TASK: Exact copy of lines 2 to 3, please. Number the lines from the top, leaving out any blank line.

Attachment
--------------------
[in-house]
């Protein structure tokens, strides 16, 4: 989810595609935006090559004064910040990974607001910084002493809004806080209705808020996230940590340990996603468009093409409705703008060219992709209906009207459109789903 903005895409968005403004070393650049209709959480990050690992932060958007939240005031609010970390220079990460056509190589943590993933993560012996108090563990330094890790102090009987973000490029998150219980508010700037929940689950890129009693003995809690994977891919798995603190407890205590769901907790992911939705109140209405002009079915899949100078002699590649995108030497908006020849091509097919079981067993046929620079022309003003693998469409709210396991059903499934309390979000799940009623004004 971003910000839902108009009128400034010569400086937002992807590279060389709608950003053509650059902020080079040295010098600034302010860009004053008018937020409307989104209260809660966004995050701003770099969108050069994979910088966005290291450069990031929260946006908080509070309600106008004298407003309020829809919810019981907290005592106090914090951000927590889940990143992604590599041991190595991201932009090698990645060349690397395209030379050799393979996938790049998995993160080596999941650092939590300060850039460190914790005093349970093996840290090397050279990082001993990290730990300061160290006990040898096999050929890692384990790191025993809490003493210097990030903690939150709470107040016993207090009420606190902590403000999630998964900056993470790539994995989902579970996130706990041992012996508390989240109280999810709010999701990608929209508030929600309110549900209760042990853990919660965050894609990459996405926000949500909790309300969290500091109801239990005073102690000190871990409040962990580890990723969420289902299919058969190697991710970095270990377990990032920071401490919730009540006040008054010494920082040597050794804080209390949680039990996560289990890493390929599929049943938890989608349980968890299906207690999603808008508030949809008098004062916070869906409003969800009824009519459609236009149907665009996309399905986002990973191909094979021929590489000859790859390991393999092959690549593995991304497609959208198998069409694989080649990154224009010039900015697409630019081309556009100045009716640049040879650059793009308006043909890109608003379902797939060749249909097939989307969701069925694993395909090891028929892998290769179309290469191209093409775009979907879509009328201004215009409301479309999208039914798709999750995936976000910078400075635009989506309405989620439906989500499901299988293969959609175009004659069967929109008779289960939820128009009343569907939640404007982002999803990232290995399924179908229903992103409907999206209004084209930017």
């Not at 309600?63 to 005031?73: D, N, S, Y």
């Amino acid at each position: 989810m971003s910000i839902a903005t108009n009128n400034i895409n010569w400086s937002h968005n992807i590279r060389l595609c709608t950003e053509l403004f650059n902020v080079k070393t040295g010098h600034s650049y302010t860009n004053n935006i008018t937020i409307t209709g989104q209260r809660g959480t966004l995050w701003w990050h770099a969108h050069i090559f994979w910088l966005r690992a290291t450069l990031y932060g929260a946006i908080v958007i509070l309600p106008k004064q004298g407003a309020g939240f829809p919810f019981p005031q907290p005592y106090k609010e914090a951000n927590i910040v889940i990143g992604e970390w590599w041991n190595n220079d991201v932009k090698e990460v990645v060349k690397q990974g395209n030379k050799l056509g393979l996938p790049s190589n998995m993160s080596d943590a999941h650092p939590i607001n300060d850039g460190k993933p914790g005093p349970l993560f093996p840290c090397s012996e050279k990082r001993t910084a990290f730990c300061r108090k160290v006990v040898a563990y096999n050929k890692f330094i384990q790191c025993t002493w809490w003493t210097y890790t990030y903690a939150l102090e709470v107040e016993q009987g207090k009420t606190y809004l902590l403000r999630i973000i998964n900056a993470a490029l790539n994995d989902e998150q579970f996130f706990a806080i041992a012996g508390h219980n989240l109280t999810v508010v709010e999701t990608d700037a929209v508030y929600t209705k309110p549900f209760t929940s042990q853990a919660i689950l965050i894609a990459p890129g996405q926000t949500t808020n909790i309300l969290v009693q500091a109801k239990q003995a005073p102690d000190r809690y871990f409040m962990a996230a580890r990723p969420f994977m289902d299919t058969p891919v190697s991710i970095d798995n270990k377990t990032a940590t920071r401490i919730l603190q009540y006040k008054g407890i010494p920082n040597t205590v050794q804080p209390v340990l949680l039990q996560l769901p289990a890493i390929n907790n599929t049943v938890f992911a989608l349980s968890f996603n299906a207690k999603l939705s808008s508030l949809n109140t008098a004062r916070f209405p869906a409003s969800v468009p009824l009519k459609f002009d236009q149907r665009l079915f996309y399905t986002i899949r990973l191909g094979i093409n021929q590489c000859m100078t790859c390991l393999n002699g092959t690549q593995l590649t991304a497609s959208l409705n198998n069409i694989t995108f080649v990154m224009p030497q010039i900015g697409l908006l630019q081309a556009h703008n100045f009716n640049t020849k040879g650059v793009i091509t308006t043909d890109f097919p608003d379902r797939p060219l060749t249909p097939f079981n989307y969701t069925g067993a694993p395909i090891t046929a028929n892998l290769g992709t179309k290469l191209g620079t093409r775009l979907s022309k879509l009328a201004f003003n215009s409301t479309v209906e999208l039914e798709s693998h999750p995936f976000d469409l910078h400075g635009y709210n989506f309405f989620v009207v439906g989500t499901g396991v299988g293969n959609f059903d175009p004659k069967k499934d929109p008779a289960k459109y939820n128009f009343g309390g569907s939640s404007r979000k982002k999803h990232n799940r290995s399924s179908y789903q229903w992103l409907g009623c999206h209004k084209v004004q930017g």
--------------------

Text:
């Protein structure tokens, strides 16, 4: 989810595609935006090559004064910040990974607001910084002493809004806080209705808020996230940590340990996603468009093409409705703008060219992709209906009207459109789903 903005895409968005403004070393650049209709959480990050690992932060958007939240005031609010970390220079990460056509190589943590993933993560012996108090563990330094890790102090009987973000490029998150219980508010700037929940689950890129009693003995809690994977891919798995603190407890205590769901907790992911939705109140209405002009079915899949100078002699590649995108030497908006020849091509097919079981067993046929620079022309003003693998469409709210396991059903499934309390979000799940009623004004 971003910000839902108009009128400034010569400086937002992807590279060389709608950003053509650059902020080079040295010098600034302010860009004053008018937020409307989104209260809660966004995050701003770099969108050069994979910088966005290291450069990031929260946006908080509070309600106008004298407003309020829809919810019981907290005592106090914090951000927590889940990143992604590599041991190595991201932009090698990645060349690397395209030379050799393979996938790049998995993160080596999941650092939590300060850039460190914790005093349970093996840290090397050279990082001993990290730990300061160290006990040898096999050929890692384990790191025993809490003493210097990030903690939150709470107040016993207090009420606190902590403000999630998964900056993470790539994995989902579970996130706990041992012996508390989240109280999810709010999701990608929209508030929600309110549900209760042990853990919660965050894609990459996405926000949500909790309300969290500091109801239990005073102690000190871990409040962990580890990723969420289902299919058969190697991710970095270990377990990032920071401490919730009540006040008054010494920082040597050794804080209390949680039990996560289990890493390929599929049943938890989608349980968890299906207690999603808008508030949809008098004062916070869906409003969800009824009519459609236009149907665009996309399905986002990973191909094979021929590489000859790859390991393999092959690549593995991304497609959208198998069409694989080649990154224009010039900015697409630019081309556009100045009716640049040879650059793009308006043909890109608003379902797939060749249909097939989307969701069925694993395909090891028929892998290769179309290469191209093409775009979907879509009328201004215009409301479309999208039914798709999750995936976000910078400075635009989506309405989620439906989500499901299988293969959609175009004659069967929109008779289960939820128009009343569907939640404007982002999803990232290995399924179908229903992103409907999206209004084209930017």
């Not at 309600?63 to 005031?73: D, N, S, Y």